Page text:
US President Donald Trump has said his comments about national anthem protests have “nothing to do with race”.
A number of sports players and teams demonstrated during the US national anthem over the weekend.
Demonstrations against racial injustice and police violence began last year but intensified after Mr Trump said players who failed to stand should be fired or suspended.
Some fans booed their own teams and even burned their shirts in response.
“The issue of kneeling has nothing to do with race,” Mr Trump tweeted on Monday morning, reiterating his statement to reporters a day earlier.
“It is about respect for our Country, Flag and National Anthem. NFL must respect this!”
Recording artists Stevie Wonder, John Legend and Pharrell Williams have shown solidarity by joining in the demonstrations at weekend concerts.
Warning: This article contains language some readers may find offensive.
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Why did the protests start?
National Football League (NFL) player Colin Kaepernick first sat down during the anthem in preseason in 2016.
“I am not going to stand up to show pride in a flag for a country that oppresses black people and people of colour,” he said.
“To me, this is bigger than football and it would be selfish on my part to look the other way.”
Kaepernick continued to demonstrate amid fierce criticism but this season remains a free agent.
Some commentators suggest he may have been “blackballed” from the sport as clubs fear a backlash for signing him.
What did Trump say?
The US president waded into the argument on Friday when he asked a crowd of supporters: “Wouldn’t you love to see one of these NFL owners, when somebody disrespects our flag, to say, ‘Get that son of a bitch off the field right now… he is fired’?”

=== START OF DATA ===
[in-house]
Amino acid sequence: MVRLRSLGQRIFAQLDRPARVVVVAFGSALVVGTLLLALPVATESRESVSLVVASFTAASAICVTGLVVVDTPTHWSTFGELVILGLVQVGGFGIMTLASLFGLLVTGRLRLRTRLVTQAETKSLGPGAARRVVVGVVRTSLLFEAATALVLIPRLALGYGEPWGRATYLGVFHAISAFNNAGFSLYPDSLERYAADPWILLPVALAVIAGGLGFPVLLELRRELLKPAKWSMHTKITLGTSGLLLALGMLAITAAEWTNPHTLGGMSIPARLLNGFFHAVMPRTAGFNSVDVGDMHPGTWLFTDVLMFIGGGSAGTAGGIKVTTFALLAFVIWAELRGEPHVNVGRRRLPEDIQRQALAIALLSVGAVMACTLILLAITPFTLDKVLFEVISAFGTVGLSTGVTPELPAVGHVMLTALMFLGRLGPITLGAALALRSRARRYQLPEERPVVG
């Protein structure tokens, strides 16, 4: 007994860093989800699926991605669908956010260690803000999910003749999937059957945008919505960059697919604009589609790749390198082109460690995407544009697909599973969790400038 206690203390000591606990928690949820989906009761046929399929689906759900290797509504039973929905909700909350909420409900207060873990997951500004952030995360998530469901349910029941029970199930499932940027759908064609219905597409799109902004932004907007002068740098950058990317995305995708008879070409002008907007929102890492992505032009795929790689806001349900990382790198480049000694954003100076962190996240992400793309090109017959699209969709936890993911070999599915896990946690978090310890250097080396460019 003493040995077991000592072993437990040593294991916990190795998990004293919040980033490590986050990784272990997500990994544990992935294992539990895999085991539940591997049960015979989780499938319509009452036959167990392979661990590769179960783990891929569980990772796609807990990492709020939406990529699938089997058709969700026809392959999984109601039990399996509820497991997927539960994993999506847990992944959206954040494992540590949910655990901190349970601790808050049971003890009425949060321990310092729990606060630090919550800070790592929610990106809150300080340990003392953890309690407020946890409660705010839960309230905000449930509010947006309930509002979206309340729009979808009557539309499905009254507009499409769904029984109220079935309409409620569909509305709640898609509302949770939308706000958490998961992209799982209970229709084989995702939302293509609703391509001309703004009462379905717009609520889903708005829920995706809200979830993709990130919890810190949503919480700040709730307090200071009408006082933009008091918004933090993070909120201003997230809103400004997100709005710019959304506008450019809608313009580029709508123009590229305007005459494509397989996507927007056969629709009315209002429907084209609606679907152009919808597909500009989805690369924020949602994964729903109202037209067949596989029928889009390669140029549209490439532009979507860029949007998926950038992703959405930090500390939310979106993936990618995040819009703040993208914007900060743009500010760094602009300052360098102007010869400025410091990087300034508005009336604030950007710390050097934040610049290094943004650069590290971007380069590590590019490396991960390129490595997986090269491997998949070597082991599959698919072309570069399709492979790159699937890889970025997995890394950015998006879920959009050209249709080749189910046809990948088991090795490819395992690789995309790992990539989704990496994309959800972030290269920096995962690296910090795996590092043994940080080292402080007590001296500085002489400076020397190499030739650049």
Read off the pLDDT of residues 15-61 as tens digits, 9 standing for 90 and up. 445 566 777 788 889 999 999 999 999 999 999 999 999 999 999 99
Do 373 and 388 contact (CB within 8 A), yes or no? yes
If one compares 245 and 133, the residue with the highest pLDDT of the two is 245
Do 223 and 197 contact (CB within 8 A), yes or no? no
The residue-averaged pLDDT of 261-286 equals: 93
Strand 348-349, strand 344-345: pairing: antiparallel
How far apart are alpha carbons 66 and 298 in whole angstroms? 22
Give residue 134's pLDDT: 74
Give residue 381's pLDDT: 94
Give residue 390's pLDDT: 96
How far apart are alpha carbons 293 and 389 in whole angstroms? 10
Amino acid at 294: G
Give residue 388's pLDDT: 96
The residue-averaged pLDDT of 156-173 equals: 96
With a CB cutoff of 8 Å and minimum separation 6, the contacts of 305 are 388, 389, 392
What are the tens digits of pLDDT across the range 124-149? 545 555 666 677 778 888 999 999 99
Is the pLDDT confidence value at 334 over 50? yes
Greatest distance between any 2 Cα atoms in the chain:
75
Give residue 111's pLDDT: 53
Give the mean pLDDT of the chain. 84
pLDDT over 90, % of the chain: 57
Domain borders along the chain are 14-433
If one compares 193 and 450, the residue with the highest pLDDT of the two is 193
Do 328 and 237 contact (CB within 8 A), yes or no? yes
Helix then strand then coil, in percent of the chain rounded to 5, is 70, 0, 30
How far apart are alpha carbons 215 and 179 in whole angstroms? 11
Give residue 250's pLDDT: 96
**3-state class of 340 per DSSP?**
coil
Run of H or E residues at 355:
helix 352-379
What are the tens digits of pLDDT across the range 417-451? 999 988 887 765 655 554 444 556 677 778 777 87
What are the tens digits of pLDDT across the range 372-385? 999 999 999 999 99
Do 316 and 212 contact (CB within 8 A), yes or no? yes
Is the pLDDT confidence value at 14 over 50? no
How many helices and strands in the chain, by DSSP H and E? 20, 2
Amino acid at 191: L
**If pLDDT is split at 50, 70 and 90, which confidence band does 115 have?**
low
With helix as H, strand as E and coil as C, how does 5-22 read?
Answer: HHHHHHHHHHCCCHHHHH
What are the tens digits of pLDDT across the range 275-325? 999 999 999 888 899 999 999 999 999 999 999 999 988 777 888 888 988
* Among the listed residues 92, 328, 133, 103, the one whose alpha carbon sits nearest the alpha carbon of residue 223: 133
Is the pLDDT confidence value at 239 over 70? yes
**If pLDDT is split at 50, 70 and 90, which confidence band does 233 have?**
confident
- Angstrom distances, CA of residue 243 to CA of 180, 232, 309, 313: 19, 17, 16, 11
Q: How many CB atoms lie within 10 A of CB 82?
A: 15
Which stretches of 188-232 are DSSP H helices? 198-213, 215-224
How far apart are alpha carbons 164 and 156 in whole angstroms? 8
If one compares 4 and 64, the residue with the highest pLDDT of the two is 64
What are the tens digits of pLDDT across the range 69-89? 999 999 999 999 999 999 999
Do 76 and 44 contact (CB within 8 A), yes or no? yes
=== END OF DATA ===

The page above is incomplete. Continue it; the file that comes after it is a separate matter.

He has also tweeted multiple times on the issue, suggesting the NFL should change its laws to stop players demonstrating.
But sports players responded with widespread protest action during the weekend’s sports games.
Are players allowed to do it?
A US law called the Flag Code covers the etiquette around the National Anthem.
It says persons present around the national anthem are expected to stand with their hand on their heart and face a flag if there is one present.
However, the code is never enforced and there is no official punishment for breaching it.
In any case, players’ flouting of tradition has angered many sports fans.
Who joined in protests?
The protests are now widening outside the NFL. Some national anthem singers and high-profile artists have joined in by falling to their knees.
On Saturday night, the Oakland Athletics’ Bruce Maxwell became the first Major League Baseball player to kneel in protest during the anthem.
During Sunday’s NFL games:
- Neither the Seattle Seahawks nor the Tennessee Titans turned out for the national anthem before kick-off at their game, hours after the Pittsburgh Steelers did the same in Chicago (except Alejandro Villanueva, a veteran who served in Afghanistan)
- The Chicago Bears stood on the sidelines with their arms locked, as did New England Patriots star quarterback Tom Brady and teammates at another game. Some Green Bay Packers and Cincinnati Bengals players also linked arms
- The anthem singer at the Seahawks-Titans game kneeled at the end of the performance, as did singer at the Lions-Falcons game, who also raised his fist
- Philadelphia Eagles fans clashed with protesters ahead of a game in their home city against the New York Giants
- Jacksonville Jaguars owner Shahid Khan – who donated $1m (£740,000) to the Trump campaign – locked arms with his players in an unusual scene, as owners rarely join players on the pitch
What about sporting officials?
The NFL itself has criticised Mr Trump’s remarks, with commissioner Roger Goodell saying “divisive comments like these demonstrate an unfortunate lack of respect”.
Eric Winston, president of the NFL Players’ Association, said Mr Trump’s comments were “a slap in the face to the civil rights heroes of the past and present”.
Mr Trump is also facing criticism after withdrawing a White House invitation to basketball champions the Golden State Warriors after one player, Stephen Curry, said he did not want to attend.
Curry – NBA’s top performer in 2015 – said he wanted to show that he and other players did not stand for “the things that he’s said and the things that he hasn’t said in the right times”.
However, the Pittsburgh Penguins hockey team confirmed they would attend the White House, despite the controversy.
A number of Nascar bosses have come out and said they will not tolerate any kind of demonstrations in their sport.